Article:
Jakarta (Antara News) - The United Nations Educational, Scientific and Cultural Organisation (UNESCO) has added Papua`s traditional woven bag, Noken, to its List of Intangible Cultural Heritage in Need of Urgent Safeguarding.

"The women of Papua are very happy today," said Titus Pekei, chairman of the Papua Ecology Institute, on Wednesday (December 5), following the report on the UNESCO`s recognition of Noken as an intangible cultural heritage item.

Noken is a woven bag made from wood fibres and leaves. It is a bag made by the people of Papua and West Papua.

The people of Papua carry crops, fish, firewood, babies and small animals in the bag. They also use the bag for shopping and for storing items at home.

"UNESCO`s recognition will encourage us to protect and promote Noken as a cultural item, which is part of the heritage of 250 tribes in the Papua Province and the West Papua Province," said Prof Wiendu Nuryanti, deputy minister for education and culture, on Wednesday (December 5).

She said the UN's recognition is not Indonesia's ultimate goal. In fact, it is the beginning of a journey to protect and promote Noken as one of the country`s cultural heritage items.

"We are keen on working with several parties to promote Noken. There is a possibility that we may request Indonesian fashion designers to include Noken in their collection of fashion accessories," she said.

The process of making Noken is tedious. First, branches, stems and bark of certain small trees and shrubs are cut. They are then heated over a fire and soaked in water.

The remaining wood fibre is dried and later, spun to make a strong thread or a string, which is sometimes coloured using natural dyes. This string is made into knots, to make net bags with different patterns and of various sizes. The process requires patience and creative skills, which takes several months for one to be proficient in the area.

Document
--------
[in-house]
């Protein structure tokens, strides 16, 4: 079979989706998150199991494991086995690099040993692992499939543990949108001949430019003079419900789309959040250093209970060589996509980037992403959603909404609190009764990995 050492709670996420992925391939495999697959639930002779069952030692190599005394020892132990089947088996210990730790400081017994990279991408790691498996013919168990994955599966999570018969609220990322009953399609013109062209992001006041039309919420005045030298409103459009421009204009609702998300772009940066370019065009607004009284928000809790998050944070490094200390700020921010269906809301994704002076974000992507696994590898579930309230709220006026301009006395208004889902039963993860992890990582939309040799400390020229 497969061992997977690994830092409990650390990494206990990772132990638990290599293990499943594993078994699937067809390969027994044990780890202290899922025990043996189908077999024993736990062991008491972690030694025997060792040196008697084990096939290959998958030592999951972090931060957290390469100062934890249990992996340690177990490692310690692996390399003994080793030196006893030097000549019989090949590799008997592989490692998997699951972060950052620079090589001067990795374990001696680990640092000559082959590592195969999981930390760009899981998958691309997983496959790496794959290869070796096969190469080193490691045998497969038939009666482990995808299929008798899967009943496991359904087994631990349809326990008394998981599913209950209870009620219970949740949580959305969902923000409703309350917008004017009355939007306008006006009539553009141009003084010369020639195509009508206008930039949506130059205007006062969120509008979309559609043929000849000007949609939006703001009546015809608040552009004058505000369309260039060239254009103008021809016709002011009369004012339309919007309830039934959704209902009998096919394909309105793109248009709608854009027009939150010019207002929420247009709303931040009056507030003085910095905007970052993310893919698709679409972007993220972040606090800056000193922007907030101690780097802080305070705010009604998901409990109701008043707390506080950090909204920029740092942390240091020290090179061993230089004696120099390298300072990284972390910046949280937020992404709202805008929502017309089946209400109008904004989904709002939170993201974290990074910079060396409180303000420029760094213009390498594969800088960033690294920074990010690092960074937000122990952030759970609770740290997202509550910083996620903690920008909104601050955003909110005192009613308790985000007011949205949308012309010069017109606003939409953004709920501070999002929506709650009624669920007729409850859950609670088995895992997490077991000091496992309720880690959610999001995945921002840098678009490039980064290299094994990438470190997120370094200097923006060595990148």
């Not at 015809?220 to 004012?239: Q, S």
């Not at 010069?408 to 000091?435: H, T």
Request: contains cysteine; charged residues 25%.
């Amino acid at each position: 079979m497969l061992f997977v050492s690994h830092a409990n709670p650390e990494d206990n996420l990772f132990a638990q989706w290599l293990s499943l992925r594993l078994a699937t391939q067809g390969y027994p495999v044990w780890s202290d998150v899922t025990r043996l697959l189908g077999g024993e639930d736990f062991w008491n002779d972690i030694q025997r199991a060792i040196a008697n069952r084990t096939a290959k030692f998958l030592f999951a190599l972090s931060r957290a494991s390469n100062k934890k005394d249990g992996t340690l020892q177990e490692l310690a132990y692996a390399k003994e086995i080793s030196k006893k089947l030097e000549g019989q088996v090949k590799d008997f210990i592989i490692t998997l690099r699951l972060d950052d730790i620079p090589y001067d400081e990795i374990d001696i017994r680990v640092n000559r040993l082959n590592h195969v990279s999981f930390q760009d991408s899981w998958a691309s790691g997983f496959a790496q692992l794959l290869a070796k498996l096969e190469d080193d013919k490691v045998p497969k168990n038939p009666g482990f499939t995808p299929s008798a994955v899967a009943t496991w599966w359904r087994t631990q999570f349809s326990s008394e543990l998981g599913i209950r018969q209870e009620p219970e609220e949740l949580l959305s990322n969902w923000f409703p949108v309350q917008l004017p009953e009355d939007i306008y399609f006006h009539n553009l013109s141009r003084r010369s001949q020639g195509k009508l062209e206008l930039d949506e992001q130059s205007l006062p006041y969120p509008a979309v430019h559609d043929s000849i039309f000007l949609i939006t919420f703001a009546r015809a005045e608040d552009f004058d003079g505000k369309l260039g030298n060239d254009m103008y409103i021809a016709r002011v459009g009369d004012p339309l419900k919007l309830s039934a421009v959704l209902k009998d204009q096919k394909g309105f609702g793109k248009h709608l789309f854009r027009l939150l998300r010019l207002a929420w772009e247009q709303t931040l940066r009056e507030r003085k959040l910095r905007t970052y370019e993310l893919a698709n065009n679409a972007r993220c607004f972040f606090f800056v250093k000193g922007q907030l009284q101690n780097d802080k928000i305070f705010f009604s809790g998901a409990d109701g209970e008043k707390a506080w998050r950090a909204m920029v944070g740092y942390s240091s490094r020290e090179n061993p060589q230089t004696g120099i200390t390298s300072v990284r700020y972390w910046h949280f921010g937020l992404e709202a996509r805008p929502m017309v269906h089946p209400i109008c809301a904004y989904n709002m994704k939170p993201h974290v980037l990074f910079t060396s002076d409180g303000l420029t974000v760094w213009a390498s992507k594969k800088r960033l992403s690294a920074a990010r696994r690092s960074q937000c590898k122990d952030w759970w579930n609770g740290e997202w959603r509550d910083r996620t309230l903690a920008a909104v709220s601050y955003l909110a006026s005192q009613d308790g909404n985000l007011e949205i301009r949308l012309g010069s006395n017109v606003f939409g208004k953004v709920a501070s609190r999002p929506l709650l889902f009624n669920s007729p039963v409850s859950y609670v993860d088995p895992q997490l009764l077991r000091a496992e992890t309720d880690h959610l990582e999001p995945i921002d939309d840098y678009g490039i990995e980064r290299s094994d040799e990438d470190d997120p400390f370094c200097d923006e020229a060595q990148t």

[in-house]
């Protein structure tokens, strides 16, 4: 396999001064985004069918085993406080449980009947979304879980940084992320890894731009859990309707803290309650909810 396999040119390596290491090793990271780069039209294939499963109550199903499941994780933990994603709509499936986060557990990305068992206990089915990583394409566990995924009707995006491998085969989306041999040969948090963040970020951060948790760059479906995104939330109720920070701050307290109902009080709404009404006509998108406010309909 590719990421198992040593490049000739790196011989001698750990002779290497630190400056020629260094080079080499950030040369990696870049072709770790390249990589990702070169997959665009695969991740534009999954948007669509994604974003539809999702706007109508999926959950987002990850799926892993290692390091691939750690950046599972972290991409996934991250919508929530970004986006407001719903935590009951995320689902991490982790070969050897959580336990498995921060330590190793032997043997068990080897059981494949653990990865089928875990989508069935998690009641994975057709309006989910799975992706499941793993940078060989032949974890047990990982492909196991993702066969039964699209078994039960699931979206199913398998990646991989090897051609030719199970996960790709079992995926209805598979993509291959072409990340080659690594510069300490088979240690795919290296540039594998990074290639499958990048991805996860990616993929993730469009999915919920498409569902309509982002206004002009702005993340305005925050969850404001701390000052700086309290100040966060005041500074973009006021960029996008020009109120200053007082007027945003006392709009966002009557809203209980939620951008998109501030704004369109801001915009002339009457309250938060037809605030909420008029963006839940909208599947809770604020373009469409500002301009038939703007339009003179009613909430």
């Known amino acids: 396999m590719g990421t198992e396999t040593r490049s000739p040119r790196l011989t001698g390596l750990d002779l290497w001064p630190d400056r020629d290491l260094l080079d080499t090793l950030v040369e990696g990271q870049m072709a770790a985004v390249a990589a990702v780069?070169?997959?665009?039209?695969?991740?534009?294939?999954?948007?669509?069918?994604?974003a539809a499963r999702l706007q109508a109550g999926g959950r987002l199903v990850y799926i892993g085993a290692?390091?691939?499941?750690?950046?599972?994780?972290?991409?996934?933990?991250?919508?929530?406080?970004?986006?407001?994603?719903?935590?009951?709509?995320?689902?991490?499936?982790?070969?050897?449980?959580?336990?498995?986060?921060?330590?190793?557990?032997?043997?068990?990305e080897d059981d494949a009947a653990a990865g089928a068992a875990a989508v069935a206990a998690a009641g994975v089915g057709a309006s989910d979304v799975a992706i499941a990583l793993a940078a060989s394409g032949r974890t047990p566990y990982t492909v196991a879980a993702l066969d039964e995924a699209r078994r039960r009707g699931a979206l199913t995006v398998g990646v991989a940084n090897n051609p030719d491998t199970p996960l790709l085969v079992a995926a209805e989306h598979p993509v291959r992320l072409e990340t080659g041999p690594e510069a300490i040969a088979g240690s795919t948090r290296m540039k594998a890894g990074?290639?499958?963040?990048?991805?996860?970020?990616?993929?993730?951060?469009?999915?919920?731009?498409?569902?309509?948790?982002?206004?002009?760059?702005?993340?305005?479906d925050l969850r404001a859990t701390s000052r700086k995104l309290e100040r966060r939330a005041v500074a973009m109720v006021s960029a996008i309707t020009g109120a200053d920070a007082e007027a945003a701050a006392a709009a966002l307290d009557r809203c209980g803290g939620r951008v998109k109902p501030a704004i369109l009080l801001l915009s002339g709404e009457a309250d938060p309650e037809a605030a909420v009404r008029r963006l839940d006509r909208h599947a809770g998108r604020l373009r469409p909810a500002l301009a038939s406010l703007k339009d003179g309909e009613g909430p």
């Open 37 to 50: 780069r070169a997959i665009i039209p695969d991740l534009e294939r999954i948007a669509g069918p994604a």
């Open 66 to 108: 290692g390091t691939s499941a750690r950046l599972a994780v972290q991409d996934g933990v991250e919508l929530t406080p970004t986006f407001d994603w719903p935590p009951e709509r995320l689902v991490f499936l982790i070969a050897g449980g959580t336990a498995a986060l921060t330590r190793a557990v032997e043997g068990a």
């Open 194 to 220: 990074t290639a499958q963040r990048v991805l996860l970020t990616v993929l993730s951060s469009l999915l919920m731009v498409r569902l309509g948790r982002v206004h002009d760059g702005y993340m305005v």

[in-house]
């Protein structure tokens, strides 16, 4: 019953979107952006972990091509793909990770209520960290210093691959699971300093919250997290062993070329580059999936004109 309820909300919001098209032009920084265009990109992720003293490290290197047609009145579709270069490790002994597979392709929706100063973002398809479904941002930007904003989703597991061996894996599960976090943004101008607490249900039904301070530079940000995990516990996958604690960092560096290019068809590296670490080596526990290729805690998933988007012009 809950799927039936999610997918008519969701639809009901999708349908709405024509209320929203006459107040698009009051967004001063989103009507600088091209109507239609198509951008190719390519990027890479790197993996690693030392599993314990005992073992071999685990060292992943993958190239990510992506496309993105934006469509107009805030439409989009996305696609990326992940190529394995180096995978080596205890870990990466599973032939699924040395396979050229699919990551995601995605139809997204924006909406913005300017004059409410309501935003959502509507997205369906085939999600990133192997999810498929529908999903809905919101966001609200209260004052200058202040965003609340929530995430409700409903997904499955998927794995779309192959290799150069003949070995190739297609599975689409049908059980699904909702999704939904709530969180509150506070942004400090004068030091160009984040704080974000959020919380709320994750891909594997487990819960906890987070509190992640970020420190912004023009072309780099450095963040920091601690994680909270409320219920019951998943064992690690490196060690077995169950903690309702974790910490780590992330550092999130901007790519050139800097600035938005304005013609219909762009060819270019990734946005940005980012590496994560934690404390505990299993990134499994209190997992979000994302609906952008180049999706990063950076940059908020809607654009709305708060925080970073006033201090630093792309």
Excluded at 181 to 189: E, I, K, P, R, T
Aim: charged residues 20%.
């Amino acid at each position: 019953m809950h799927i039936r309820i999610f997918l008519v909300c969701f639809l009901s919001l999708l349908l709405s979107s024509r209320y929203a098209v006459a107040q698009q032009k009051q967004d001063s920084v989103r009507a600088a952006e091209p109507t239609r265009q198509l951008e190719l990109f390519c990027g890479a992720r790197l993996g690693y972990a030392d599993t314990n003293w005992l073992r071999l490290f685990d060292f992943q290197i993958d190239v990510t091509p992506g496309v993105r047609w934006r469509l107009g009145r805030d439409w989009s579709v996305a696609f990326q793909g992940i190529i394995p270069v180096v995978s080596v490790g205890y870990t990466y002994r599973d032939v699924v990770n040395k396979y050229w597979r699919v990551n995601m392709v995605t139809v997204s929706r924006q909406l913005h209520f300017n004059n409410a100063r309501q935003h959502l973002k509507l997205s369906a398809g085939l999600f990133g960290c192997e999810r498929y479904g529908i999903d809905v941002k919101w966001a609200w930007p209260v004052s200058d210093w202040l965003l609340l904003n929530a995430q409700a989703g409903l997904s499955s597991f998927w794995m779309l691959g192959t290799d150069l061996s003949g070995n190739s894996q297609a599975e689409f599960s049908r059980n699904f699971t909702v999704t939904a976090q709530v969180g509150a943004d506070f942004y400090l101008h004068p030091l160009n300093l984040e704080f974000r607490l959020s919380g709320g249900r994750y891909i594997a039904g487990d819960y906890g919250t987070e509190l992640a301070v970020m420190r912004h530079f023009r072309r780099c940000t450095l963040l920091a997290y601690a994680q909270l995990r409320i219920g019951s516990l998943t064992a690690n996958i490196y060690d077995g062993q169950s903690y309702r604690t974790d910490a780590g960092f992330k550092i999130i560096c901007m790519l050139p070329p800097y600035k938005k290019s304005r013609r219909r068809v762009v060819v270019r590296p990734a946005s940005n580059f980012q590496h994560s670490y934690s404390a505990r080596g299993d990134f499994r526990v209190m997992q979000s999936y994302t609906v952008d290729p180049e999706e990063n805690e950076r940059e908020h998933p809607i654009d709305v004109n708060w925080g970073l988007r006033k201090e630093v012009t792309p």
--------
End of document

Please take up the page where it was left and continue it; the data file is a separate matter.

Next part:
However, the number of people who make Noken is falling with each passing day. People are also not using Noken in their daily activities. According to the UNESCO (Jakarta Office), there are several reasons as to why there is a decline in the usage and creation of Noken, including lack of awareness, a significant decline in the number of craftspeople, competition from factory-made bags, and inaccessibility of traditional raw materials.

Therefore, to preserve the cultural heritage of Noken, a state-owned senior high school in Papua has included `Noken making' in its curriculum (since 2010).

"Students get to learn about the philosophies and the meaning of Noken, and how to make the woven bags," said Marshel Suebu (who teaches Papua`s traditional art at SMUN 1 Sentani), on Thursday (December 6).

In addition, a Noken museum will be built in Jayapura in 2013 to preserve and promote the traditional woven bag.

The education and culture ministry has been planning to build a museum since November 2011. The construction will start next year in Jayapura, said Apolos Marisan, head of the Papua and West Papua cultural heritage preservation office, on Thursday.

The education and culture ministry held a group discussion on Wednesday, to increase the public`s awareness of Noken.

During the discussion, it was mentioned that Papua has 257 tribes and local languages, and it is estimated that there are about 257 types of Noken.

The decision to recognise Noken as an intangible cultural heritage item was made by the UNESCO Intergovernmental Committee for the Safeguarding of the Intangible Cultural Heritage, during its 7th session at the UNESCO headquarters in Paris, France, on December 4.

It added four elements from four countries to its List of Intangible Cultural Heritage in Need of Urgent Safeguarding.

Besides Noken, three other newly listed elements include earthenware pottery-making skills from Botswana, the making of felt carpets from Kyrgyzstan, and gourd trumpet music and dance of the Busoga Kingdom from Uganda.

The Committee said the knowledge, practices and skills of the traditional arts and crafts industry are at risk of extinction.

A total of US$2.25 million has been donated to the Intangible Cultural Heritage Fund to safeguard the cultural heritage items.

The Netherlands has donated $324,000; Norway has donated $1,760,000; and Spain has donated $167,000. These donations will be used to support six capacity-building programmes in Africa, Asia, the Caribbean and the Middle East.

Indonesia`s Ambassador to UNESCO, Carmadi Machbub, is happy that Noken has made it to the UNESCO`s cultural heritage list, after the wayang (shadow puppet theatre), the keris (a traditional dagger), batik clothes, the angklung (a bamboo music instrument) and Aceh`s Saman dance.

"We hope there will be more nominations of Indonesian cultural heritage elements to the UNESCO, because they will strengthen the world's efforts to protect and preserve our cultural heritage for the future generations," he said. (*)

Reporter: Fardah
Editor: Fardah Assegaf
Copyright © ANTARA 2012